I kept reading, and for a brief interlude saw a peaceful river flowing through the City of God before things churned up again. Destruction brought images of Libya, Sudan, Egypt and Afghanistan, but God stepped in to break the bow and shatter the spear, and burn the shields with fire.

And there was the answer: “Be still, and know that I am God.”

Could this be what I need, to simply still my heart and the noise in my life? Could these old, old words apply even to my modern life?

Regardless of what nature sends, regardless of how men and nations boast and threaten and stage themselves, God is still God.

He is still there.

Still waiting for me.


And when I still myself, I hear him.

Saturday, March 26, 2011

Sometimes life’s a rodeo: Expect the unexpected

Have you ever felt like you were in the wrong place at the wrong time, about to be pummeled through no fault of your own? Have you ever asked, What did I do to deserve this?

An Old Testament king named Hezekiah looked through his window one day and saw the Assyrian army camped outside. The biblical account says, “After all that Hezekiah had so faithfully done, Sennacherib king of Assyria came and invaded Judah” (II Chronicles 32:1 NIV).

Seems unfair, doesn’t it? Hezekiah had been so faithful. How could God let the enemy get so close? What had Hezekiah done wrong, that such a large, seemingly unbeatable force could close in around him?

Hezekiah fell on his face before God and said, “If you don’t save us, it’s all over.”

I’ve seen the same thing at a rodeo.

When my husband was a barrel man, he often went head to head with a big lanky bull called The Grizz. This long-legged monster could step right over Mike’s red and white striped clown barrel and camp on the bullfighter behind it. Or isolate him in the middle of the arena.

One particular day everything stopped, even The Grizz. The bullfighter, down on one knee, looked Grizz in the eye and the crowd knew what to expect.

The big bovine swished his tail to one side, snorted, blinked … and walked off toward the out gate.

The bullfighter leaped to his feet and dashed for the fence, and with one collective breath, the astounded audience cheered.

Maybe ol’ Grizz saw an angel behind the kneeling clown.

That's what happened with Hezekiah: the Lord sent an angel to annihilate the Assyrian soldiers and their king withdrew.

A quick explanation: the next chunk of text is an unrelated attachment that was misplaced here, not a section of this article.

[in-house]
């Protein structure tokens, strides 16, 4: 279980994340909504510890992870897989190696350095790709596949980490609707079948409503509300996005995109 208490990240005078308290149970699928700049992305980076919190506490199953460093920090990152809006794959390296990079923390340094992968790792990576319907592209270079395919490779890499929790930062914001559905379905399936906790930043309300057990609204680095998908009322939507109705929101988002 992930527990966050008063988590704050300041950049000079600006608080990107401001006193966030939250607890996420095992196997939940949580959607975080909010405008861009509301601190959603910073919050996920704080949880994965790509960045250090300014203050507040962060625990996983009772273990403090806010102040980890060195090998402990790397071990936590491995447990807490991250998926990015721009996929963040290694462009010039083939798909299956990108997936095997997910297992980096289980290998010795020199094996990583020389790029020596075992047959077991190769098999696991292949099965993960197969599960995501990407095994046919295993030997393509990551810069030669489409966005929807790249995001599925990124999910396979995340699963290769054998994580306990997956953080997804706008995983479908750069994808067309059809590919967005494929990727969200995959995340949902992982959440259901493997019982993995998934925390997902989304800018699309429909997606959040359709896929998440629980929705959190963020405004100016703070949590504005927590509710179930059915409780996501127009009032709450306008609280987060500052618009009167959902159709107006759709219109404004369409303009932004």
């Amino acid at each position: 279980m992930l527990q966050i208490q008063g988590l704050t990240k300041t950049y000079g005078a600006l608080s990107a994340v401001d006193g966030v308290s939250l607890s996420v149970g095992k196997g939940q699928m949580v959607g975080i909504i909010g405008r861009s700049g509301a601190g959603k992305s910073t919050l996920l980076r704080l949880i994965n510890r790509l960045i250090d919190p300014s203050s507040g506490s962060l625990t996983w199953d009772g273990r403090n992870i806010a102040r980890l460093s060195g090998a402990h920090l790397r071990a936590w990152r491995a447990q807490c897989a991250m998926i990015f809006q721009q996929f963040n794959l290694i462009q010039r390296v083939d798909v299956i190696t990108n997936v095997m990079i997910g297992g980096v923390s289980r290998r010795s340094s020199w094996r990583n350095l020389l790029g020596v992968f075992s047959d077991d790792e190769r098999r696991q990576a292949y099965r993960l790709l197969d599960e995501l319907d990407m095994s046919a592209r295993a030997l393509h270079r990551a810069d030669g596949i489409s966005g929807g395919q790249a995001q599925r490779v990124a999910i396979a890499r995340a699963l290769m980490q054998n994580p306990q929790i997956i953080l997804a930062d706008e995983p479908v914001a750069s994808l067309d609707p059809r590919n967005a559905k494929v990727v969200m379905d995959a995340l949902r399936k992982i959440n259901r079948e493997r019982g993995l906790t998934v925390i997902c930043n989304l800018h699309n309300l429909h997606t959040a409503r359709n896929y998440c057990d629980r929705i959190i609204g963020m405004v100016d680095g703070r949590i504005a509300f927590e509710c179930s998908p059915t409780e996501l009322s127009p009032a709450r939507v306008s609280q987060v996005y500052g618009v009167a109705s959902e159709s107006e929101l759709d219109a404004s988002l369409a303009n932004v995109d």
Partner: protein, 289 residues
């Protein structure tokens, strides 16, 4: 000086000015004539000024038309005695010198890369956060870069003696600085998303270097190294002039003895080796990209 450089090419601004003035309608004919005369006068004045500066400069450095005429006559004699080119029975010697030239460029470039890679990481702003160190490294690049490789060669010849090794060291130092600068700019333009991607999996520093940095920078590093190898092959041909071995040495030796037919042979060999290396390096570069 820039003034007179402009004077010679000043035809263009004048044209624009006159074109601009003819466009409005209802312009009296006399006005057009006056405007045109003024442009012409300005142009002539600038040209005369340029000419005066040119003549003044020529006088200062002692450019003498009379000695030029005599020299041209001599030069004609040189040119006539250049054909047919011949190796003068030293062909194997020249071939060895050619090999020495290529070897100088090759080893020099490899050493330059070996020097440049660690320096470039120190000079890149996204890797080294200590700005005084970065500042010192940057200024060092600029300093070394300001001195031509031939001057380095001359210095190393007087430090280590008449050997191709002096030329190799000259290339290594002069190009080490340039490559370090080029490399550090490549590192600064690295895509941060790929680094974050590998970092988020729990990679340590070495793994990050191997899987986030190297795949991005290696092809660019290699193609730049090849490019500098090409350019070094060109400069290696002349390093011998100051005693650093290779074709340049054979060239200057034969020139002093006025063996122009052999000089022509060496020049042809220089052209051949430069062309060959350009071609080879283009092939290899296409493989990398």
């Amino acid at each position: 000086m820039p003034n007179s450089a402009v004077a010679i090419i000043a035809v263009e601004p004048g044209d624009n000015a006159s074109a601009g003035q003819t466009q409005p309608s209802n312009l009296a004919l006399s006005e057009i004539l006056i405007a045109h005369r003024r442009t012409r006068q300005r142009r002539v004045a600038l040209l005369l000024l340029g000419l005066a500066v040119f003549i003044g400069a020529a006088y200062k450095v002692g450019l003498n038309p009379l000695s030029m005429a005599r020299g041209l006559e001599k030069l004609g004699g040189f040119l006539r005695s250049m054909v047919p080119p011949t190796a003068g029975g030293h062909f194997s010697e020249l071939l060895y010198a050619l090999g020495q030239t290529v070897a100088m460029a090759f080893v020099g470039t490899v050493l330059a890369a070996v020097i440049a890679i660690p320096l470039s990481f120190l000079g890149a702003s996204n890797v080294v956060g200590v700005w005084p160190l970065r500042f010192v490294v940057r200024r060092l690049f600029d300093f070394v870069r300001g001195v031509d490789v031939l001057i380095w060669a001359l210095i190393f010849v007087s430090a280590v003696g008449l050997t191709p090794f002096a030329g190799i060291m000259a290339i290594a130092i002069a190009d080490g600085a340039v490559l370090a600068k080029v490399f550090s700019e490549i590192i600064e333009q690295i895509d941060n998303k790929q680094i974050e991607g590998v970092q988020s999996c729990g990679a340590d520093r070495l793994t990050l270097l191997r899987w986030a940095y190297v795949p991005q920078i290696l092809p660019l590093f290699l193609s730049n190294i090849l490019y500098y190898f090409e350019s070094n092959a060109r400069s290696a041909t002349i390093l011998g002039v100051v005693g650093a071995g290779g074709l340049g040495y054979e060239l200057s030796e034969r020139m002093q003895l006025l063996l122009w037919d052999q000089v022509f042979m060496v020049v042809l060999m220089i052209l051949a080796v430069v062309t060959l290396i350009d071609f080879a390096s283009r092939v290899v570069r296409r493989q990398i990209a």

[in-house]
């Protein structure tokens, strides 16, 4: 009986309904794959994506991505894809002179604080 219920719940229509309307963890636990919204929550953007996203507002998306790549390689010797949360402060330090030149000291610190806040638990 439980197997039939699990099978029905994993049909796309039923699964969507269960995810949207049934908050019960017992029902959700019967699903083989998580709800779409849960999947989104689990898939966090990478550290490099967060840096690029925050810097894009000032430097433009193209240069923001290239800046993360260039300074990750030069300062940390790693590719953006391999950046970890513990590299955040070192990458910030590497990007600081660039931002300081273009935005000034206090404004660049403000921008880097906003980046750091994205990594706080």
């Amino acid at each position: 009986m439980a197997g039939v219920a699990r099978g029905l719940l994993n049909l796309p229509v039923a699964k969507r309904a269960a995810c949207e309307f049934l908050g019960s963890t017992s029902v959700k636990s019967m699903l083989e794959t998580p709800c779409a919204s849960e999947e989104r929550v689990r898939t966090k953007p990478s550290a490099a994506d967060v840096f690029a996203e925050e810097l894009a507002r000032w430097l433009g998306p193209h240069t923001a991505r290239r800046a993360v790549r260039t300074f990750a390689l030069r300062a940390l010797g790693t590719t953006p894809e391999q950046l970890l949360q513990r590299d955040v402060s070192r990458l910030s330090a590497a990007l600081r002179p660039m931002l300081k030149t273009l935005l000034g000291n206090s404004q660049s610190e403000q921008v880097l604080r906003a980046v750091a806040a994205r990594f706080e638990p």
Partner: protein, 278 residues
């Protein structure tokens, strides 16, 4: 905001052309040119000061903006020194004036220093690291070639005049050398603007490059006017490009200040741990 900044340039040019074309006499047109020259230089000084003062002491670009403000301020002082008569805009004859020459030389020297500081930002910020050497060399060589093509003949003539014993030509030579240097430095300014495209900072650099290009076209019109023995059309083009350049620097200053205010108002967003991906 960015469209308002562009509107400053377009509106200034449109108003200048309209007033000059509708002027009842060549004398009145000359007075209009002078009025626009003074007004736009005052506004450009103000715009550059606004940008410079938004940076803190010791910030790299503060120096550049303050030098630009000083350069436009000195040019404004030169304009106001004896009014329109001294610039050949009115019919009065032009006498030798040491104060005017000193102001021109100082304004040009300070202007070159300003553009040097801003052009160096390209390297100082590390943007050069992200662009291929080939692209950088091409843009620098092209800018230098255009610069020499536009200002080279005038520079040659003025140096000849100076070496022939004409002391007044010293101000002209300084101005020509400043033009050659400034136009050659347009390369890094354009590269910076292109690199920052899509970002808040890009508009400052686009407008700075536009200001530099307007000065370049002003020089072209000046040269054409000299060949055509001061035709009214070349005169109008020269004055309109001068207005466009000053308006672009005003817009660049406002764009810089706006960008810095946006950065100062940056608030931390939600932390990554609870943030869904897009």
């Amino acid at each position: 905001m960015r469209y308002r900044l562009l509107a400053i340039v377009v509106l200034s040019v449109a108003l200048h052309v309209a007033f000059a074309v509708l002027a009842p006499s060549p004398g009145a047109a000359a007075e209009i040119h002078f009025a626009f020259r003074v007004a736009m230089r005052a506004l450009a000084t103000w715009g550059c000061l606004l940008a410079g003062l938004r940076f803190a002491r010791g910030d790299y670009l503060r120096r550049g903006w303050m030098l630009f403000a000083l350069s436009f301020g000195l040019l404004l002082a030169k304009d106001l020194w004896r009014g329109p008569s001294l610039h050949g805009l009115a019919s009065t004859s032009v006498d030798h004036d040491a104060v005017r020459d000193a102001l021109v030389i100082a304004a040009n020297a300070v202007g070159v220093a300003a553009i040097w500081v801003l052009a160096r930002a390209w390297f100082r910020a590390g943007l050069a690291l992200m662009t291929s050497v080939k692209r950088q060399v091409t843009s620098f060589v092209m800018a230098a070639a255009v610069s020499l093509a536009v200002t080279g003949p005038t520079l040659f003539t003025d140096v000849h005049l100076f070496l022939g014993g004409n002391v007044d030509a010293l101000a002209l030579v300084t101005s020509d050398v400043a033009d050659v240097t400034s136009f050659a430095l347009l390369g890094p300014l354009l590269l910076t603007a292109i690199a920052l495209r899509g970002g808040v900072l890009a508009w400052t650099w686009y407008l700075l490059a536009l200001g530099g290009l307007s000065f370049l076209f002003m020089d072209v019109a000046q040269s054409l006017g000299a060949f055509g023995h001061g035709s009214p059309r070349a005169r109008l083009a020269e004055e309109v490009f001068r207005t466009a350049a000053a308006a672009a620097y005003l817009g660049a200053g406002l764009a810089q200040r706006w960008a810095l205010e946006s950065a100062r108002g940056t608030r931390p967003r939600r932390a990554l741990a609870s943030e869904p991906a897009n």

Adverse circumstances can make us doubt that God is paying attention. However, he still intervenes today in the lives of his people - and more important than that is his presence in the lives of his people on an even deeper level than Hezekiah experienced.

The Lord is with us in everything we face and has promised, “I will never leave you nor forsake you” (Hebrews 13:5 NKJV).

The next time we ask, Where are the blessings and benefits? Where are the good times and abundance? How can God let bad things happen? let’s remember that the Lord himself walks with us.

Even though our challenges may be bigger than we can handle, they are never bigger than our God.

Saturday, March 19, 2011

“The Lord answered Job out of the storm.”

Wouldn’t you rather hear from God in church, where it’s safe and dry and predictable? Or from your sofa while you’re relaxing after a long day.

How about when everything is going you way? Wouldn’t that be a great time to hear the voice of God?

I’ll admit there have been times like these when I heard the Lord speak to my heart. Those moments of the still small voice have filled me with comfort and hope.

But when God speaks to me out of the storm, there is no doubt about who’s doing the talking.

No other voice can reach me above the roar of the crashing waves. No one else can find me in the debris, or lift me from the fallen facades of my life.

No one else can calm the fear and bring peace.

He is bigger than the storm.

Saturday, March 12, 2011

Who's at the end of your rope?

Praise is the rope by which
the Lord lifts me from the
dark pit.

His hands grip one end,
strong to pull me up
as I cling to the other.
His face grows closer
as I rise
and I see his smile.

Clean me off, Lord.
Set me on a sure and solid place.
Show me which way to go.

And Lord,
may I sing for you
this new song in my heart?

Psalm 40:1-3

Saturday, March 5, 2011

Tomorrow: By the time you get there it's today

After driving our pickup home on icy roads with snow blowing sideways and a semi bearing down on me, I had a much deeper appreciation for the phrase “white-knuckling it.” I was just grateful to make it to our driveway without sliding off the highway or adorning the hood of the semi.

My husband calls snow the Great Equalizer. It slows everyone, covers everyone. All of us are the same: travelers struggling to make it safely to our destinations, whether in semis or pickups.